Q. What are my options for upgrading to Windows 10?
A. Windows 10 has a number of different ways to be deployed which are summarized below:
- Wipe and load - This is the traditional approach that many organizations use. A tool, such as System Center Configuration Manager and/or Microsoft Deployment Toolkit, captures the current data and settings of the current operating system. Then a new image is deployed to the machine, drivers are injected and applications installed. Finally, the user data and settings are restored. This gives users the feeling of an upgrade, while what actually happened was a clean installation.
- In-place upgrade - This has been frowned upon in previous versions of Windows, but with Windows 10, the in-place upgrade is now a first class deployment option, and is now the preferred approach for Windows 10 deployment - even in enterprises. It allows Windows 10 installations to be initiated from within the existing Windows 7 or above OS. Behind the scenes the setup.exe is doing a very similar process to the wipe-and-load. However, setup.exe is doing all the work and maintains all settings, data and applications -- basically, anything that is not part of the old version of Windows is kept. Enterprise management tools like System Center Configuration Manager will support the in-place upgrade approach for Windows 10 through a new Task Sequence step, Upgrade Operating System.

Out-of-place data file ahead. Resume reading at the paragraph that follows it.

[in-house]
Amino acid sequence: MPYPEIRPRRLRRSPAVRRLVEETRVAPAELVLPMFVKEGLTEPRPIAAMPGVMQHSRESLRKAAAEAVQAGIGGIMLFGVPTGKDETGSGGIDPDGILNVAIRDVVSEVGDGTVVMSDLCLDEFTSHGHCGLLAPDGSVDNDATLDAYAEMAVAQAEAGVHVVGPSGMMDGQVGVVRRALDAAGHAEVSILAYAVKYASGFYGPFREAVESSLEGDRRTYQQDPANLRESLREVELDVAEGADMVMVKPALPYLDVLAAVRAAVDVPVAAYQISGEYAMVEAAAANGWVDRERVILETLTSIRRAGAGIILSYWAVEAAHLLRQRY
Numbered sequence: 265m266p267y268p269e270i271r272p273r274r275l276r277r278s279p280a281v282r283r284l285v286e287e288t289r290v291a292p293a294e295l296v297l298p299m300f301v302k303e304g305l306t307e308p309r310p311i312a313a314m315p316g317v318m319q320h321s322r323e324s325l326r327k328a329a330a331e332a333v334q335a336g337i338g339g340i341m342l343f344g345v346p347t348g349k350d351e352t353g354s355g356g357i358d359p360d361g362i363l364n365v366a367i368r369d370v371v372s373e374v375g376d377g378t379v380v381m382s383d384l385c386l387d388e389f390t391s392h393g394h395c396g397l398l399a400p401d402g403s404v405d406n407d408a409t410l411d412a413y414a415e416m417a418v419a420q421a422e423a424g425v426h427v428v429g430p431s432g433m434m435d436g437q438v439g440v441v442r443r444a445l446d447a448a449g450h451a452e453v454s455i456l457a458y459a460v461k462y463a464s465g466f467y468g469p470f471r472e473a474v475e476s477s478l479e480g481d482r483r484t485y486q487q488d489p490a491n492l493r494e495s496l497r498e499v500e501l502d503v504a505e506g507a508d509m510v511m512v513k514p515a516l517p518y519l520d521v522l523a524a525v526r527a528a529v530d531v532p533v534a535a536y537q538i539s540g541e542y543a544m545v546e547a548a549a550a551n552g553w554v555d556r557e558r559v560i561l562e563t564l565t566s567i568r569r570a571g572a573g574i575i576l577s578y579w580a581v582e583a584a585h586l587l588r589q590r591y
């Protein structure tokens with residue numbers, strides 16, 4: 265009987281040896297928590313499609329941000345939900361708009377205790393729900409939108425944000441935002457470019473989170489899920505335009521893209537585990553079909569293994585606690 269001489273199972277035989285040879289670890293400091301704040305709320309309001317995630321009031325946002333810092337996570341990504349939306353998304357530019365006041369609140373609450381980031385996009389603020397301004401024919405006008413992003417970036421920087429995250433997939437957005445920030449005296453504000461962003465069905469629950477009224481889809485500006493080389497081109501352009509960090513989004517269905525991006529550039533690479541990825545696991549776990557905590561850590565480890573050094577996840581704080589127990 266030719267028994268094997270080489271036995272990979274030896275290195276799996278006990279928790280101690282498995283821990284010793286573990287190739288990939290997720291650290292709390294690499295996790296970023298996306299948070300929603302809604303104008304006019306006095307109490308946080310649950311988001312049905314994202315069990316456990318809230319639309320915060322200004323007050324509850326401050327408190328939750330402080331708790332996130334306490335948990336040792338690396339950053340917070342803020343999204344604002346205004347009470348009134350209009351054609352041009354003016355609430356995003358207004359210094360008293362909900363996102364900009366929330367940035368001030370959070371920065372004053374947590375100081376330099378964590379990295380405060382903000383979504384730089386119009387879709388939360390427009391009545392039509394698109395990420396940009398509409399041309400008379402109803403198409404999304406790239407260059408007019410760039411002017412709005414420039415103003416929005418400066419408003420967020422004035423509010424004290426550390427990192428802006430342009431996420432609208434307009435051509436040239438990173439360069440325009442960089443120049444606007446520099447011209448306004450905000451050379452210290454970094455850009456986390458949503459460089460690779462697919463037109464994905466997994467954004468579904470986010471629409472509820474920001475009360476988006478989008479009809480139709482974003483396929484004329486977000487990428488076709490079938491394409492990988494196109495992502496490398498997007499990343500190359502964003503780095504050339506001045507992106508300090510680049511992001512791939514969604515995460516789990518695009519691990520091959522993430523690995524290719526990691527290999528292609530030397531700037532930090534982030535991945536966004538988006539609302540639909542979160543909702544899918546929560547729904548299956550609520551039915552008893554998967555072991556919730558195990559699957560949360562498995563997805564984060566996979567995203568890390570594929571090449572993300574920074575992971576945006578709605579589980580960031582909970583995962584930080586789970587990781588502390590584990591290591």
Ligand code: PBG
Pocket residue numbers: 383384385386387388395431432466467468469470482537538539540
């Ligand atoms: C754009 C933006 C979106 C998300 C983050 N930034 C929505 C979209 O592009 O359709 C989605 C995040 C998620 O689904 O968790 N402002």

- Provisioning - For new devices that have an OEM Windows 10 image, it will be possible to ship the out-of-the-box Windows 10 device direct to a user and have the deployment transform into an Enterprise SKU, then add organizational apps and configurations while removing extra things not required — and there's no need to wipe the device. This process will take around 5 minutes.
This is enabled through a provisioning package (ppkg file) which performs all the tasks and reboots the machine. When the device restarts it will be running the Enterprise edition. These provisioning packages will be created with a new tool, the Windows Imaging and Configuration Designer (Windows ICD). The Windows ICD tool is part of the Windows Assessment and Deployment Kit (ADK) — which allows all your chosen settings, profiles and applications to be turned into the Provisioning Package file. The Provisioning Packages can be deployed using many methods, including using the new MDM Client in the OS from a MDM Server and from Microsoft Deployment Toolkit/System Center Configuration Manager.
If you do use the provisioning approach, all the drivers on the machine are kept. This is a net benefit for admins, because it's easier to support users picking their own devices.